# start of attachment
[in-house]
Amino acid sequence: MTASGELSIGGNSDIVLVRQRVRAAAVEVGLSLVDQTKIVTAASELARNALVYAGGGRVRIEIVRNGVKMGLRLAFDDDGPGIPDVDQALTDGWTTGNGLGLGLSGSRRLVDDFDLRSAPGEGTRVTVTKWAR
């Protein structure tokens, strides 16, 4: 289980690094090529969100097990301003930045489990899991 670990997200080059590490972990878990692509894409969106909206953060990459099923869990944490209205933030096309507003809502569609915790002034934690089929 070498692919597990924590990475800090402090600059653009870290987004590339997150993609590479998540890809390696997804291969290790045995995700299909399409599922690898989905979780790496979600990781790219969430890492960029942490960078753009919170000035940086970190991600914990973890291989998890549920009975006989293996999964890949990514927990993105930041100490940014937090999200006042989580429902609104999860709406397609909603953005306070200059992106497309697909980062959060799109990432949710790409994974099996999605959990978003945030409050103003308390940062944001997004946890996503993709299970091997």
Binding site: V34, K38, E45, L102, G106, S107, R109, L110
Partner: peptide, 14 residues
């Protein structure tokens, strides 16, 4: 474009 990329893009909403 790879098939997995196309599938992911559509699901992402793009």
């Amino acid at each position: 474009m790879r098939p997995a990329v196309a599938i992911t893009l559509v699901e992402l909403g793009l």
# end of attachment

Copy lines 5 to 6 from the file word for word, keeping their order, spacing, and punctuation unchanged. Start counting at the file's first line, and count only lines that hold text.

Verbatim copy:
Partner: peptide, 14 residues
């Protein structure tokens, strides 16, 4: 474009 990329893009909403 790879098939997995196309599938992911559509699901992402793009």